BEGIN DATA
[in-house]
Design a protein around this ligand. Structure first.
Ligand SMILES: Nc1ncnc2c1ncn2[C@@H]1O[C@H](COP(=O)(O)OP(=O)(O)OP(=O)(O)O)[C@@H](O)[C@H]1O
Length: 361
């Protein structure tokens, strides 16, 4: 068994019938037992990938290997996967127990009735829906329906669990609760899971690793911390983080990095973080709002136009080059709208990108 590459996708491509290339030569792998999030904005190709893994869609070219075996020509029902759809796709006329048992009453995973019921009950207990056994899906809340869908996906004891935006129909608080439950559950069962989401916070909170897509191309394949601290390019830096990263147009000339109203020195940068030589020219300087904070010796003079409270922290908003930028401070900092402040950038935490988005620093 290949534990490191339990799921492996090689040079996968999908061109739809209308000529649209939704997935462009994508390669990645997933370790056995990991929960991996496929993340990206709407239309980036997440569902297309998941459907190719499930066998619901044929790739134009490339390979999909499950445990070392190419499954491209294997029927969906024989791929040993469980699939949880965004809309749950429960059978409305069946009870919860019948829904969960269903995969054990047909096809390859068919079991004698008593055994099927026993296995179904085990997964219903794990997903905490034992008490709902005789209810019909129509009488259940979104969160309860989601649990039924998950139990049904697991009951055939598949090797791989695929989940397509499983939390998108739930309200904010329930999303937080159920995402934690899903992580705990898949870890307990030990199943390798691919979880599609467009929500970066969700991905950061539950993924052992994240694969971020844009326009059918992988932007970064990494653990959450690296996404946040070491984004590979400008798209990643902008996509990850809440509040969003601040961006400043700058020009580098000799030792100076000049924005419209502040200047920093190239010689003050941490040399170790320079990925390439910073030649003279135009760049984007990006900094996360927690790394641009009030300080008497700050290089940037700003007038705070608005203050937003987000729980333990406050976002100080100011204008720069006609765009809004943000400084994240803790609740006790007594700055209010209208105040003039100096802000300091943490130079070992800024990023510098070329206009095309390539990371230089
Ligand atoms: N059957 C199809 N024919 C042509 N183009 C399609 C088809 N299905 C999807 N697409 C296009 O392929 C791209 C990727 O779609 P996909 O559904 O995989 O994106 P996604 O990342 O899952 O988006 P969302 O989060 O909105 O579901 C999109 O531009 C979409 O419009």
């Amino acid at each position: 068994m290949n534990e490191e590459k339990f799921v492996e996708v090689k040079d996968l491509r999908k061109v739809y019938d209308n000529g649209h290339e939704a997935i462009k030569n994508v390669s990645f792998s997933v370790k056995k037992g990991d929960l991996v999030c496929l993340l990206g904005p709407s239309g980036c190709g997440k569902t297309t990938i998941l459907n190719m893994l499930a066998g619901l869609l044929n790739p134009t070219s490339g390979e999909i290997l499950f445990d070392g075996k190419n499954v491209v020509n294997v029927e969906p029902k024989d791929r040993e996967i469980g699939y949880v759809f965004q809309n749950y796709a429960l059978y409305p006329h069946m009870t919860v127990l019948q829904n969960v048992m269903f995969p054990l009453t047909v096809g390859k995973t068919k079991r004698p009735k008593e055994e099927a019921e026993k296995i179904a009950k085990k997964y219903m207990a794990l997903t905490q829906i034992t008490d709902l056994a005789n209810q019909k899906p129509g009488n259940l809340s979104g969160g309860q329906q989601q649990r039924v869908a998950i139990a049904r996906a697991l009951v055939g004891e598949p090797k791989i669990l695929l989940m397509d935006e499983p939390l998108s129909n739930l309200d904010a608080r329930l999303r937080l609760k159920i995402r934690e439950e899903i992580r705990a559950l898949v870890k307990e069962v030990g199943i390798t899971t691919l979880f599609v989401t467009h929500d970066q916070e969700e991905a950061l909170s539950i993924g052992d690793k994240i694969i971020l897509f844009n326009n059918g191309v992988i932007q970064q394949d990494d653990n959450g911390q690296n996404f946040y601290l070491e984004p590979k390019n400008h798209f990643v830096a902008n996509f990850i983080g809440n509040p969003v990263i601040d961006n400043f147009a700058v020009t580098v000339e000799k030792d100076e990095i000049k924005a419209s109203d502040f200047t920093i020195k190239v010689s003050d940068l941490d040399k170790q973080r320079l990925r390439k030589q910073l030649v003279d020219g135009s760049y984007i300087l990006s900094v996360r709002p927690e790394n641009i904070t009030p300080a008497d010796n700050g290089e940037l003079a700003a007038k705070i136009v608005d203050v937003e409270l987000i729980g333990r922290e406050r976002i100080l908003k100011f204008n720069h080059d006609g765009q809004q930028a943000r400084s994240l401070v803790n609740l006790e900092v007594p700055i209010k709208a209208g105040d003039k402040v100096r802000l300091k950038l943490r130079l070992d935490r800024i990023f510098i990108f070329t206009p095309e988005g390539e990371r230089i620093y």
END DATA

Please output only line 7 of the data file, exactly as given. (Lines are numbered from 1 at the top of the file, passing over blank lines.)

């Amino acid at each position: 068994m290949n534990e490191e590459k339990f799921v492996e996708v090689k040079d996968l491509r999908k061109v739809y019938d209308n000529g649209h290339e939704a997935i462009k030569n994508v390669s990645f792998s997933v370790k056995k037992g990991d929960l991996v999030c496929l993340l990206g904005p709407s239309g980036c190709g997440k569902t297309t990938i998941l459907n190719m893994l499930a066998g619901l869609l044929n790739p134009t070219s490339g390979e999909i290997l499950f445990d070392g075996k190419n499954v491209v020509n294997v029927e969906p029902k024989d791929r040993e996967i469980g699939y949880v759809f965004q809309n749950y796709a429960l059978y409305p006329h069946m009870t919860v127990l019948q829904n969960v048992m269903f995969p054990l009453t047909v096809g390859k995973t068919k079991r004698p009735k008593e055994e099927a019921e026993k296995i179904a009950k085990k997964y219903m207990a794990l997903t905490q829906i034992t008490d709902l056994a005789n209810q019909k899906p129509g009488n259940l809340s979104g969160g309860q329906q989601q649990r039924v869908a998950i139990a049904r996906a697991l009951v055939g004891e598949p090797k791989i669990l695929l989940m397509d935006e499983p939390l998108s129909n739930l309200d904010a608080r329930l999303r937080l609760k159920i995402r934690e439950e899903i992580r705990a559950l898949v870890k307990e069962v030990g199943i390798t899971t691919l979880f599609v989401t467009h929500d970066q916070e969700e991905a950061l909170s539950i993924g052992d690793k994240i694969i971020l897509f844009n326009n059918g191309v992988i932007q970064q394949d990494d653990n959450g911390q690296n996404f946040y601290l070491e984004p590979k390019n400008h798209f990643v830096a902008n996509f990850i983080g809440n509040p969003v990263i601040d961006n400043f147009a700058v020009t580098v000339e000799k030792d100076e990095i000049k924005a419209s109203d502040f200047t920093i020195k190239v010689s003050d940068l941490d040399k170790q973080r320079l990925r390439k030589q910073l030649v003279d020219g135009s760049y984007i300087l990006s900094v996360r709002p927690e790394n641009i904070t009030p300080a008497d010796n700050g290089e940037l003079a700003a007038k705070i136009v608005d203050v937003e409270l987000i729980g333990r922290e406050r976002i100080l908003k100011f204008n720069h080059d006609g765009q809004q930028a943000r400084s994240l401070v803790n609740l006790e900092v007594p700055i209010k709208a209208g105040d003039k402040v100096r802000l300091k950038l943490r130079l070992d935490r800024i990023f510098i990108f070329t206009p095309e988005g390539e990371r230089i620093y």